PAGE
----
Apparently a few execs at ABC Sports were so impressed with that super-surveillance helicopter Roy Scheider piloted in Blue Thunder that they've ordered up a similar model to hover over the marathon course during the Olympics next summer in L.A. Scheider played a copter cop who uses high-tech spy gear to peer through walls and eavesdrop on conversations in order to keep L.A. safe from terrorists during the 1984 Olympic Games. ABC's air corps will receive signals from a device implanted in a runner's wristwatch that will monitor the athlete's pulse rate and temperature, in hopes of making the coverage more exciting.

Kate Burton, 25, who will play the title role in PBS' Alice in Wonderland next season opposite such stars as Eve Arden, Kaye Ballard, James Coco and Maureen Stapleton, was a tad distressed when her White Knight gamely took a tumble, as scripted, from his unsteady steed during rehearsals. Kate took director Kirk Browning aside and arranged for a stand-in to take the fall. Oh, yes, the White Knight will be played by Kate's 57-year-old dad, Richard.

New York City's war on graffiti took a curious turn not so long ago, when shooting began on an NBC miniseries to air next season called Celebrity, based on the late Thomas Thompson's best-seller. In one scene, Joseph (Holocaust) Bottoms, who plays matinee idol Mack Crawford, ends up in Central Park's Bethesda Fountain. New York City's Department of Parks and Recreation gave NBC permission to clean up the fountain's graffiti only if the original inscriptions were restored after filming. According to producer Rosilyn Heller, a parks official said the scrawl was "part of the cultural ethnic heritage of the city." (Actually, the parks department intends to sandblast the fountain's "heritage" away.) The film crew sprayed the fountain with gray water-base paint, which they later hosed off. So dirty was the fountain's water, however, that Heller urged Bottoms and six other cast and crew members who took the plunge to get precautionary tetanus shots—presumably to guard against an overdose of culture.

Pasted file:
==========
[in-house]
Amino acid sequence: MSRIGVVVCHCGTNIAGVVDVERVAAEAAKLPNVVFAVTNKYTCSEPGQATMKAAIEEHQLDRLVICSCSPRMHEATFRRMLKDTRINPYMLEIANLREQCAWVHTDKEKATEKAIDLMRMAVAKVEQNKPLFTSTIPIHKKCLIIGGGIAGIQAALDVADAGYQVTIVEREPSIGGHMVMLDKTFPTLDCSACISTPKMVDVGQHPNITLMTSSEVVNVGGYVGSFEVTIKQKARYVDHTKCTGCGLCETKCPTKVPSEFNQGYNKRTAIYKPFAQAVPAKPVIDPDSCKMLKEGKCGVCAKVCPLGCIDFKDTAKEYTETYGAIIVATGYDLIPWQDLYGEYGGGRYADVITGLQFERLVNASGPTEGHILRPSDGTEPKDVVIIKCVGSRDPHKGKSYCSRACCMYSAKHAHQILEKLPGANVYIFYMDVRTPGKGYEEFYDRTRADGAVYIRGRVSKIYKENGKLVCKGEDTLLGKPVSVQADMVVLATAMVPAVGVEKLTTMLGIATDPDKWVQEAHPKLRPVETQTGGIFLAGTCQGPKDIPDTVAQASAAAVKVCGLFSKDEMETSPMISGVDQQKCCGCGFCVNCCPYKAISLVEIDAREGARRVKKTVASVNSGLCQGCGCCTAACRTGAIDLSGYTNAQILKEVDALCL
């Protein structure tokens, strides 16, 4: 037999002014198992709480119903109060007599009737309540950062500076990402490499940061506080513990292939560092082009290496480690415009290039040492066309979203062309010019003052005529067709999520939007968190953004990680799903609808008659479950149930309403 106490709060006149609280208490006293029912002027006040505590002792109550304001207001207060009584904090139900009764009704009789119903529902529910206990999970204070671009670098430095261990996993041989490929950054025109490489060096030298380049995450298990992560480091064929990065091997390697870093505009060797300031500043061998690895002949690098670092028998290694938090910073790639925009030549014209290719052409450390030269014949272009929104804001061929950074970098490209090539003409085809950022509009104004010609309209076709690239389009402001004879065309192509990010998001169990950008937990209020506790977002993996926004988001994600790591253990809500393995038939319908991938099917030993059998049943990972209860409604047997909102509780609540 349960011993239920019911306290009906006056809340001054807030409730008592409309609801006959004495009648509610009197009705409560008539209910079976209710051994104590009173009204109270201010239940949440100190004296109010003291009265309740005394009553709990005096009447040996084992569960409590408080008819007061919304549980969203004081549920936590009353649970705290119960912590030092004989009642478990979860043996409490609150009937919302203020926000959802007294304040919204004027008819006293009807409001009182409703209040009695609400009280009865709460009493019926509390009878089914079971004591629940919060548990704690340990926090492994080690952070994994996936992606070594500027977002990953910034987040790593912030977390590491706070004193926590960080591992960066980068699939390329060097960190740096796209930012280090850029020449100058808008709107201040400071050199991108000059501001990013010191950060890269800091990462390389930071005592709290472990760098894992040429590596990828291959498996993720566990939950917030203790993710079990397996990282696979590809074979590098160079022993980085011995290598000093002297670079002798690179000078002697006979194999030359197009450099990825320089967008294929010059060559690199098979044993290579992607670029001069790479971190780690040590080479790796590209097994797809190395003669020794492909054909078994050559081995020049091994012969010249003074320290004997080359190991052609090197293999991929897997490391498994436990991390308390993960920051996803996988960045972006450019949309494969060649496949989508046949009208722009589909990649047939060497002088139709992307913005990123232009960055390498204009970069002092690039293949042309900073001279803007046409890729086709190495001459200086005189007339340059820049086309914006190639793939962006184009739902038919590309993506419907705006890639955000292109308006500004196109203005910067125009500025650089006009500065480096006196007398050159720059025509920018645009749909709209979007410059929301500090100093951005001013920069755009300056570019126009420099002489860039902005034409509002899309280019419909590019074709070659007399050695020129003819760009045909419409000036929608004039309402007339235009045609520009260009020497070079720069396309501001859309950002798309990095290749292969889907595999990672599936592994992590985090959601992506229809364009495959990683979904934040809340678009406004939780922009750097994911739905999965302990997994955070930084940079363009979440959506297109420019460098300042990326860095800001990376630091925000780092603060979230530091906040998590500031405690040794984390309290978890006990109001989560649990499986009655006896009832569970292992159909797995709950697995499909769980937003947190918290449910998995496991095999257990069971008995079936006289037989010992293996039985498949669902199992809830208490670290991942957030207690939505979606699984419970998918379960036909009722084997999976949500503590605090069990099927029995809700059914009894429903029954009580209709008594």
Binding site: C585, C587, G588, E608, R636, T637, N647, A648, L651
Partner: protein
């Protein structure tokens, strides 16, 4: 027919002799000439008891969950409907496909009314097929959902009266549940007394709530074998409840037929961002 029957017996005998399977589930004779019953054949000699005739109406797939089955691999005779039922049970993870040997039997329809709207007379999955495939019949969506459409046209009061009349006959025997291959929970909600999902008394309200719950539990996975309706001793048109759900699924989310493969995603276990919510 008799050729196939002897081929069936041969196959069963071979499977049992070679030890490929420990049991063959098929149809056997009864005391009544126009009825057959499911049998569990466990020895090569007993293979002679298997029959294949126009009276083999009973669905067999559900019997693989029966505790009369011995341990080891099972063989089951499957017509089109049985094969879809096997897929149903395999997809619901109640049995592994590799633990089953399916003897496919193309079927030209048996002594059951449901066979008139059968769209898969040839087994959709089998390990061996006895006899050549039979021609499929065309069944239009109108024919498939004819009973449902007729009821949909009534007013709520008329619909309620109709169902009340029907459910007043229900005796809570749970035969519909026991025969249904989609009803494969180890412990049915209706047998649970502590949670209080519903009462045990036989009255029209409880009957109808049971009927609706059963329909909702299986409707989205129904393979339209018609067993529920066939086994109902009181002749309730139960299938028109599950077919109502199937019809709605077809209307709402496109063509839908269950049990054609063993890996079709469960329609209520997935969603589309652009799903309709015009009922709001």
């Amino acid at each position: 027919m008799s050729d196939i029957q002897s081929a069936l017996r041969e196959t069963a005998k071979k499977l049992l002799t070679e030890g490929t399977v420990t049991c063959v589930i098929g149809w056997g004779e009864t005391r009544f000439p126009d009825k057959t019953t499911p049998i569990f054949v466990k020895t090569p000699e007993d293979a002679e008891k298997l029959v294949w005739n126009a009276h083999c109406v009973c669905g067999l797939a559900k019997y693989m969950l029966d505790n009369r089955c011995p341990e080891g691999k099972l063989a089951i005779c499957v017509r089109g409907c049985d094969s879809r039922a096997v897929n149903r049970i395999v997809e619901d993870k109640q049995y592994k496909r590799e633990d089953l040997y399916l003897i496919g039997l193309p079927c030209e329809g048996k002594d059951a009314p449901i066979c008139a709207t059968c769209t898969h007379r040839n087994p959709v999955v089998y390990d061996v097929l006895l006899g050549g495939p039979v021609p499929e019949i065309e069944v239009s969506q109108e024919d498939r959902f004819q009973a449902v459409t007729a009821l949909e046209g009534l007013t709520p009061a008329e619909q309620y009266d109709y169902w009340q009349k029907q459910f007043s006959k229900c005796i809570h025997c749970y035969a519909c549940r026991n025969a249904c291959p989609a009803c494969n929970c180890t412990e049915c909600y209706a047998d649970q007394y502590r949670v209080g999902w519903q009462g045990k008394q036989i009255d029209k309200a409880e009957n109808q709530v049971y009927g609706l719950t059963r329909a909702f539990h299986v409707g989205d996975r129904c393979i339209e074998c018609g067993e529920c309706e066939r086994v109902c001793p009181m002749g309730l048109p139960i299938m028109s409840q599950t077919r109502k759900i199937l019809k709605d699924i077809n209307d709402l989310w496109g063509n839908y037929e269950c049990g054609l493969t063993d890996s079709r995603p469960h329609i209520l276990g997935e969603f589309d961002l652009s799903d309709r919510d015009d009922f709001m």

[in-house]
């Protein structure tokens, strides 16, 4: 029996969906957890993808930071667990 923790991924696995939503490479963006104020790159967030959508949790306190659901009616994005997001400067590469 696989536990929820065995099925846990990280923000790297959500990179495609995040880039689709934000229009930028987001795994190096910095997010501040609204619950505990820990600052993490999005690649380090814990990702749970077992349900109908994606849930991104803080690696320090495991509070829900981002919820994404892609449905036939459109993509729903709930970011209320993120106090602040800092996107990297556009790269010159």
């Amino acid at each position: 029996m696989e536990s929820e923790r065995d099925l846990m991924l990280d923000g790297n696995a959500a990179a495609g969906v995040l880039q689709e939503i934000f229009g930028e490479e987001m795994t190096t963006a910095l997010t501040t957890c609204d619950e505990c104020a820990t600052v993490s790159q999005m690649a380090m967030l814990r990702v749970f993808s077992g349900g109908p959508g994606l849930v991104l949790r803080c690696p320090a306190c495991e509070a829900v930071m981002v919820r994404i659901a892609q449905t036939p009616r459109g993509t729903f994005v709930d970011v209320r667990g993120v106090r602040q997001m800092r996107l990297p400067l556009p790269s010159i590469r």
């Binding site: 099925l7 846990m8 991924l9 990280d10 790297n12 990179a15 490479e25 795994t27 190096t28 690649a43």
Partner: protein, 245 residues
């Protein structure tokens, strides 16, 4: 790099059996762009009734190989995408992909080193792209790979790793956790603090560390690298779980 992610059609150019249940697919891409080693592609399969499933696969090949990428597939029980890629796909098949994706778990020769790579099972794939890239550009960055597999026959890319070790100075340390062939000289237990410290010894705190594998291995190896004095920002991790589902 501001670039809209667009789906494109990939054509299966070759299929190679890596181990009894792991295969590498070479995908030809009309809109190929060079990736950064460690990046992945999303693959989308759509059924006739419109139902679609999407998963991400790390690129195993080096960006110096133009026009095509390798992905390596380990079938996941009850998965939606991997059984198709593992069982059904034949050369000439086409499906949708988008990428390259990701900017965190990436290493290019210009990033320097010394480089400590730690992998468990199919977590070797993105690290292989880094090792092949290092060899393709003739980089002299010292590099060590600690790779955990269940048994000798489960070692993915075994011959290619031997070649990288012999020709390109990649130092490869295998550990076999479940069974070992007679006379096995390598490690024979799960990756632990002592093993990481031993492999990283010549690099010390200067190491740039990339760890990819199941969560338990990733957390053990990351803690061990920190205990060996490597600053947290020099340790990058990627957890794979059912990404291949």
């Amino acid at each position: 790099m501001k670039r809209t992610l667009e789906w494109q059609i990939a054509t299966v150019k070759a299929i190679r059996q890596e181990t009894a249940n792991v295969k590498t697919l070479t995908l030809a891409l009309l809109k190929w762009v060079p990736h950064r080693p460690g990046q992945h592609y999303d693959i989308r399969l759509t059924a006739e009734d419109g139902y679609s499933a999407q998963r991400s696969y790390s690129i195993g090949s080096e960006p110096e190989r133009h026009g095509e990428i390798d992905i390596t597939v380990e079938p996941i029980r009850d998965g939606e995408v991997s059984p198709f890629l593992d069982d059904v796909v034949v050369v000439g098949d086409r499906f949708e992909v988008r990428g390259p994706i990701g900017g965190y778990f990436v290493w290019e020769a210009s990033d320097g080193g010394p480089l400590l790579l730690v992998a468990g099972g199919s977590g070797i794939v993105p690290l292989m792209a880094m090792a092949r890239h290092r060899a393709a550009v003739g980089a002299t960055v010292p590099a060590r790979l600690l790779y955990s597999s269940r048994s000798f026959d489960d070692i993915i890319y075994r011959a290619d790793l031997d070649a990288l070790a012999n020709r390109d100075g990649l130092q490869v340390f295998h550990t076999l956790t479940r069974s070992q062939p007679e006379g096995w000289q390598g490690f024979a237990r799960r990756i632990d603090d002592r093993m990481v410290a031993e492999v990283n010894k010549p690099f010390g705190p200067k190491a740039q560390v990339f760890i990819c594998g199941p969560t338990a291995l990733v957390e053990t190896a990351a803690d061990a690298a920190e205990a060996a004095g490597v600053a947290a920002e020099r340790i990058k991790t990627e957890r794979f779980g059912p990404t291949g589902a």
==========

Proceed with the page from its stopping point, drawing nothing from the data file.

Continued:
NBC's Friday Night Videos, a 90-minute rock showcase a la MTV, doesn't premiere until July 29, but already there's discord. The show's creator, Dick Ebersol, who is buying first-use rights to hot new videos, paid $1,000 for Elton John's That's Why They Call It the Blues. It was scheduled to air on the opening show. But wait—the same video ran on WTBS' Night Tracks video series on July 9 and 10, and not a penny was paid for that tape. Needless to say, all this has ruffled feathers in peacock land.

Staying alive in the movie industry is no easy task, contends singer-songwriter Frank (brother of Sylvester) Stallone who penned Staying Alive's single Far From Over and co-authored three other tunes in the film. Frank, 32, also appears in the movie (which Sylvester directed) as a singer in a nightclub band. Though buffeted by charges of nepotism and critical nose-holding over his musical efforts, Frank hasn't lost his sense of humor. When an interviewer asked him to name his favorite composer, Frank replied, "George Gershwin." What group is he with, the interviewer inquired. Responded Frank, "...the grateful dead."